Your bloggerbot comes out of semi-retirement to express his dismay at this latest finding, cited in a New York Times article that pretends to break the latest scientific discoveries on sexuality and gender:
Straight men, it seems, have neural circuits that prompt them to seek out women; gay men have those prompting them to seek other men. Women's brains may be organized to select men who seem likely to provide for them and their children.
It's not completely the Times' fault, but you'd think they'd at least observe that science is seriously skewed toward studying men's sexuality. But the article accomplishes the reverse, claiming to shed light on sexuality for both sexes when it mentions only men. After quoting a thinly researched observations about how sexual orientation seems more fixed in men than in women, the article concludes, "Sexual orientation, at least for men, seems to be settled before birth." The "at least for men" drips with condescension and dismissal of female sexuality—making the articles supposedly reported conclusions that women don't have a sexual orientation that much more suspicious.
Yes, I'm serious about the claim that women don't have sexual orientation. The article quotes J. Michael Bailey, an expert on sexual orientation at Northwestern University: "I'm not even sure females have a sexual orientation. But they have sexual preferences. Women are very picky, and most choose to have sex with men." That's right, they pick men because men are objectively the best candidates! Bailey goes on to claim that the systems for sexual orientation and arousal make men go out and find people to have sex with, whereas women are more focused on accepting or rejecting those who seek sex with them.
Here we are in an article by a man, that quotes only male scientists and deals only with studies focused on men, and—shocker!—it concludes that women's sexuality is a mystery that nobody really gives a fuck about anyway. The one thing we do know about them is that they're passive.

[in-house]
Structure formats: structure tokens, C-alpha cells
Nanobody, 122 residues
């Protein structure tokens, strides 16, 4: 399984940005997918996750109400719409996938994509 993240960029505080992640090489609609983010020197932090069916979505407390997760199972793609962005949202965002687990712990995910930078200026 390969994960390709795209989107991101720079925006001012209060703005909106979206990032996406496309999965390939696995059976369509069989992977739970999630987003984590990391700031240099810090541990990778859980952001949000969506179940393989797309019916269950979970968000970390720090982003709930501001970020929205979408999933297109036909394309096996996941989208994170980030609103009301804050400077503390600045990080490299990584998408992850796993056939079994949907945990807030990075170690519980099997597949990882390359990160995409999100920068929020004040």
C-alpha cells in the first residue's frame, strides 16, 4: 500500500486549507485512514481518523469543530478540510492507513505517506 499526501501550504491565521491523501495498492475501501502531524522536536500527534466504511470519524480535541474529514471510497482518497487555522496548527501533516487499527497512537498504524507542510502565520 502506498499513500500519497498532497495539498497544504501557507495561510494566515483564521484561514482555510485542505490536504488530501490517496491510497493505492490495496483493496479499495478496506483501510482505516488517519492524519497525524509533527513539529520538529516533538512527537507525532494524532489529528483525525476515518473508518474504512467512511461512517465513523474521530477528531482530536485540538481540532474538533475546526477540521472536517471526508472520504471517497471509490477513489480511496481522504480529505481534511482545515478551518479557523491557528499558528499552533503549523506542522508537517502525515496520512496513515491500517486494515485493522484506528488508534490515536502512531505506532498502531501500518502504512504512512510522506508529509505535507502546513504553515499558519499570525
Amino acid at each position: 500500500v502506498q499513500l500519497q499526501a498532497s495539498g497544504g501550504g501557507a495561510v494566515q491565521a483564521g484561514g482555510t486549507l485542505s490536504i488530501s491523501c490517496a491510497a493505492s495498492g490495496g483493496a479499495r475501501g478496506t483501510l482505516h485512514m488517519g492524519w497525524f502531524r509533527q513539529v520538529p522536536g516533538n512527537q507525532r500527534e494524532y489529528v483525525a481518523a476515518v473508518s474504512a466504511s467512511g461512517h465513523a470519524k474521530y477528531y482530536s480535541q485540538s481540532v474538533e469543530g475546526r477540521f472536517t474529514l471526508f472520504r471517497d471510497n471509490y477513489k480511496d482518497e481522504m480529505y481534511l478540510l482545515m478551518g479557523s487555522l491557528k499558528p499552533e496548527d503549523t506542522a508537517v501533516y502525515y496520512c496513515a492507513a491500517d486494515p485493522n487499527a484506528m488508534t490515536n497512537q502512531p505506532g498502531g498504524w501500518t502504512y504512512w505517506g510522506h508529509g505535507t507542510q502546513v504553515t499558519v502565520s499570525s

That's right: all male scientists, male writer, all studies about men. Yet the article has the balls to introduce its rundown of research on homosexuality as follows:
Researchers have devoted considerable effort to understanding homosexuality in men and women, both for its intrinsic interest and for the light it could shed on the more usual channels of desire," the article gives examples only of studies on male homosexuality.
The article concludes with no evidence whatsoever that male and female sexuality are utterly different. It also seems hell-bent on arguing that male and female brains are completely different. Yet this is the best they can do:
Widespread regions of the cortex, the brain's outer layer that performs much of its higher-level processing, are thicker in women. The hippocampus, where initial memories are formed, occupies a larger fraction of the female brain.
Techniques for imaging the brain have begun to show that men and women use their brains in different ways even when doing the same thing. In the case of the amygdala, a pair of organs that helps prioritize memories according to their emotional strength, women use the left amygdala for this purpose but men tend to use the right.
This one is my favorite. Listen to how many weasel words it uses to conclude that straight men are turned on by women and gay men are turned on by men:
Presumably the masculinization of the brain shapes some neural circuit that makes women desirable. If so, this circuitry is wired differently in gay men. In experiments in which subjects are shown photographs of desirable men or women, straight men are aroused by women, gay men by men.
Do I need a smart conclusion after that? Because I just feel done.